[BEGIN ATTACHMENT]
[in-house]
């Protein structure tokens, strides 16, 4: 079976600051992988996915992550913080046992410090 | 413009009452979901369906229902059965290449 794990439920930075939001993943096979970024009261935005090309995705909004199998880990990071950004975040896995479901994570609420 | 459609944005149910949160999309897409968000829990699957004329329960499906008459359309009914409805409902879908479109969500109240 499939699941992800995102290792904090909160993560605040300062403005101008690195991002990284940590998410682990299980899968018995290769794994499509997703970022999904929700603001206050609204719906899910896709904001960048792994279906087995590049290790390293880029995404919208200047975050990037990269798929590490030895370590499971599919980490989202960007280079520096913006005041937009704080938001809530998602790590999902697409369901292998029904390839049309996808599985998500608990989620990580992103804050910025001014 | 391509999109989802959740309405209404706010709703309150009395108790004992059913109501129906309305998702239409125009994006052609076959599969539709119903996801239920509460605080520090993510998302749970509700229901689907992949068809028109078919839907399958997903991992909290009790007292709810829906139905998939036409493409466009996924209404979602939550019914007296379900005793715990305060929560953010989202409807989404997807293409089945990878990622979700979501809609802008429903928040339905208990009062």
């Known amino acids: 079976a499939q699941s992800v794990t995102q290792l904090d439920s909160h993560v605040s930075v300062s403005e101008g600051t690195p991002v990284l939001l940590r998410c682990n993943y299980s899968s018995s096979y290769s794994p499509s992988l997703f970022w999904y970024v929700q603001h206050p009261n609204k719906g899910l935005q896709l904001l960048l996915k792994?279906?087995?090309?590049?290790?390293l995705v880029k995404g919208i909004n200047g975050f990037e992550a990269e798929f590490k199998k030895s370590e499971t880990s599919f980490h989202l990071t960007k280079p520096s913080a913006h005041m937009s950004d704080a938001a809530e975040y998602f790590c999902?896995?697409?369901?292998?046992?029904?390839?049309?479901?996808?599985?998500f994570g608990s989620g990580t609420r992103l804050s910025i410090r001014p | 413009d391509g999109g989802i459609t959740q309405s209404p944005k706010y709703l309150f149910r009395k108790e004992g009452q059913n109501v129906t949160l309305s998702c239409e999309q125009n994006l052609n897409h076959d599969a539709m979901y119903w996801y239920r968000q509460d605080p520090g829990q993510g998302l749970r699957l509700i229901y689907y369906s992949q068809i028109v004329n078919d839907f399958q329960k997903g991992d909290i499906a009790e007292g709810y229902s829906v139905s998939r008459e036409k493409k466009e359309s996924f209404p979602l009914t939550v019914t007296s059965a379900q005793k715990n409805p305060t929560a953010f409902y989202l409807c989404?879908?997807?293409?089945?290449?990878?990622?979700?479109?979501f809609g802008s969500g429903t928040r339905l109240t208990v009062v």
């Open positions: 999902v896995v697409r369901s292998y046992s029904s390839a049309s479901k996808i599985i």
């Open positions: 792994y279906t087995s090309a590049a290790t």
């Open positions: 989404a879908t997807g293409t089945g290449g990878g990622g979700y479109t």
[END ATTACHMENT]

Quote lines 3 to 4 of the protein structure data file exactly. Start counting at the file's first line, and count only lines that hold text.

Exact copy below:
């Known amino acids: 079976a499939q699941s992800v794990t995102q290792l904090d439920s909160h993560v605040s930075v300062s403005e101008g600051t690195p991002v990284l939001l940590r998410c682990n993943y299980s899968s018995s096979y290769s794994p499509s992988l997703f970022w999904y970024v929700q603001h206050p009261n609204k719906g899910l935005q896709l904001l960048l996915k792994?279906?087995?090309?590049?290790?390293l995705v880029k995404g919208i909004n200047g975050f990037e992550a990269e798929f590490k199998k030895s370590e499971t880990s599919f980490h989202l990071t960007k280079p520096s913080a913006h005041m937009s950004d704080a938001a809530e975040y998602f790590c999902?896995?697409?369901?292998?046992?029904?390839?049309?479901?996808?599985?998500f994570g608990s989620g990580t609420r992103l804050s910025i410090r001014p | 413009d391509g999109g989802i459609t959740q309405s209404p944005k706010y709703l309150f149910r009395k108790e004992g009452q059913n109501v129906t949160l309305s998702c239409e999309q125009n994006l052609n897409h076959d599969a539709m979901y119903w996801y239920r968000q509460d605080p520090g829990q993510g998302l749970r699957l509700i229901y689907y369906s992949q068809i028109v004329n078919d839907f399958q329960k997903g991992d909290i499906a009790e007292g709810y229902s829906v139905s998939r008459e036409k493409k466009e359309s996924f209404p979602l009914t939550v019914t007296s059965a379900q005793k715990n409805p305060t929560a953010f409902y989202l409807c989404?879908?997807?293409?089945?290449?990878?990622?979700?479109?979501f809609g802008s969500g429903t928040r339905l109240t208990v009062v």
């Open positions: 999902v896995v697409r369901s292998y046992s029904s390839a049309s479901k996808i599985i």